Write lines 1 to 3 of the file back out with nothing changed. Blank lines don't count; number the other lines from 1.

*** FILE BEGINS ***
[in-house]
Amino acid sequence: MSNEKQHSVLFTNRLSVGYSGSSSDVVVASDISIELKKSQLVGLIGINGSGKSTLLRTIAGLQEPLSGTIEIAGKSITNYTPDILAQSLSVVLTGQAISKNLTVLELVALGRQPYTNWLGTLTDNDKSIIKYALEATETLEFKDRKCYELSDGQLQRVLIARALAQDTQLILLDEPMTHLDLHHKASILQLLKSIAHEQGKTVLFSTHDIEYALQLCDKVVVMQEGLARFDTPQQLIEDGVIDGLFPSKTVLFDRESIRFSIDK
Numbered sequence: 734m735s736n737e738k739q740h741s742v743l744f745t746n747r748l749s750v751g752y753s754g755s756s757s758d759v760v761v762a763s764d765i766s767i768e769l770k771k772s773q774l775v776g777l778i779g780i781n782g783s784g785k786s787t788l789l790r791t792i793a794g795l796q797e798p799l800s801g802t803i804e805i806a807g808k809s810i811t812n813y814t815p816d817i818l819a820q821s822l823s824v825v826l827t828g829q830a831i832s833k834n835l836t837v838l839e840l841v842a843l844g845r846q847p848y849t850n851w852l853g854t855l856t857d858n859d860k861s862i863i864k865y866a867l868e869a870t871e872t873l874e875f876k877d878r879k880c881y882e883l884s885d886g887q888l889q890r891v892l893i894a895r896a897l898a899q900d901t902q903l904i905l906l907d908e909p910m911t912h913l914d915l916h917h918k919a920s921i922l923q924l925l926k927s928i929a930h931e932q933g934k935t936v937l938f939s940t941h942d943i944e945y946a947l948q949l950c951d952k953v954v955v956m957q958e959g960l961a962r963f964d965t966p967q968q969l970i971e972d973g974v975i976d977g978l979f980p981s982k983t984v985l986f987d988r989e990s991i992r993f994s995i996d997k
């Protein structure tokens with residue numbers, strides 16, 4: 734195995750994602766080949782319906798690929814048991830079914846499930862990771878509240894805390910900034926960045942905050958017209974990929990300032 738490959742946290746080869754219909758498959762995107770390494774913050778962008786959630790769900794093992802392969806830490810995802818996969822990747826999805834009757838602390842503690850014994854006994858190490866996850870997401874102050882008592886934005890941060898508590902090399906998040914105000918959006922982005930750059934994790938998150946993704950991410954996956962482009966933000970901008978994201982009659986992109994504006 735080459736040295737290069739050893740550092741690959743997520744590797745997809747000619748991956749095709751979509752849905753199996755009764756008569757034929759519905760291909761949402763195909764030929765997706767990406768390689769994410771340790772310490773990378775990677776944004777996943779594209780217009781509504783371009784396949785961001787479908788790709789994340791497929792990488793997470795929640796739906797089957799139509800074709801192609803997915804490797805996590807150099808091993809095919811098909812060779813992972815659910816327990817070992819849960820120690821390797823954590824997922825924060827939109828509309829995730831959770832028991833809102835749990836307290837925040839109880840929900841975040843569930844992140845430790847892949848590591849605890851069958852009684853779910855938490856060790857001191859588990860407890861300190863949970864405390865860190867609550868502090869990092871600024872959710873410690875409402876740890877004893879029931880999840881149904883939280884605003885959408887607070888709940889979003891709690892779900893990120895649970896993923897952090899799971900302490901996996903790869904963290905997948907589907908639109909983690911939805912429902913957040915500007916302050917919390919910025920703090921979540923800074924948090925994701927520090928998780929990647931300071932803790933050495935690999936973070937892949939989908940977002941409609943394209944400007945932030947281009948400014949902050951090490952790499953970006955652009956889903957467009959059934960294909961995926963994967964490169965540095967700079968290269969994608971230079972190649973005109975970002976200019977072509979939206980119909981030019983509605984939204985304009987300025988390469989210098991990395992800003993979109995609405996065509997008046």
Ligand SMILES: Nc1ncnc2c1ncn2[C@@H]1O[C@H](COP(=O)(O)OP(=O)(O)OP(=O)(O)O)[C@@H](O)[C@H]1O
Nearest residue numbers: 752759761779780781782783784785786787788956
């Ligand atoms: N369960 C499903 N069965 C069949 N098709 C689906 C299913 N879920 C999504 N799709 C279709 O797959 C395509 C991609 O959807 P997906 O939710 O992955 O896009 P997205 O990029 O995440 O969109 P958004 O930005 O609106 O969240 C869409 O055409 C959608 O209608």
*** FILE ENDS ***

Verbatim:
[in-house]
Amino acid sequence: MSNEKQHSVLFTNRLSVGYSGSSSDVVVASDISIELKKSQLVGLIGINGSGKSTLLRTIAGLQEPLSGTIEIAGKSITNYTPDILAQSLSVVLTGQAISKNLTVLELVALGRQPYTNWLGTLTDNDKSIIKYALEATETLEFKDRKCYELSDGQLQRVLIARALAQDTQLILLDEPMTHLDLHHKASILQLLKSIAHEQGKTVLFSTHDIEYALQLCDKVVVMQEGLARFDTPQQLIEDGVIDGLFPSKTVLFDRESIRFSIDK
Numbered sequence: 734m735s736n737e738k739q740h741s742v743l744f745t746n747r748l749s750v751g752y753s754g755s756s757s758d759v760v761v762a763s764d765i766s767i768e769l770k771k772s773q774l775v776g777l778i779g780i781n782g783s784g785k786s787t788l789l790r791t792i793a794g795l796q797e798p799l800s801g802t803i804e805i806a807g808k809s810i811t812n813y814t815p816d817i818l819a820q821s822l823s824v825v826l827t828g829q830a831i832s833k834n835l836t837v838l839e840l841v842a843l844g845r846q847p848y849t850n851w852l853g854t855l856t857d858n859d860k861s862i863i864k865y866a867l868e869a870t871e872t873l874e875f876k877d878r879k880c881y882e883l884s885d886g887q888l889q890r891v892l893i894a895r896a897l898a899q900d901t902q903l904i905l906l907d908e909p910m911t912h913l914d915l916h917h918k919a920s921i922l923q924l925l926k927s928i929a930h931e932q933g934k935t936v937l938f939s940t941h942d943i944e945y946a947l948q949l950c951d952k953v954v955v956m957q958e959g960l961a962r963f964d965t966p967q968q969l970i971e972d973g974v975i976d977g978l979f980p981s982k983t984v985l986f987d988r989e990s991i992r993f994s995i996d997k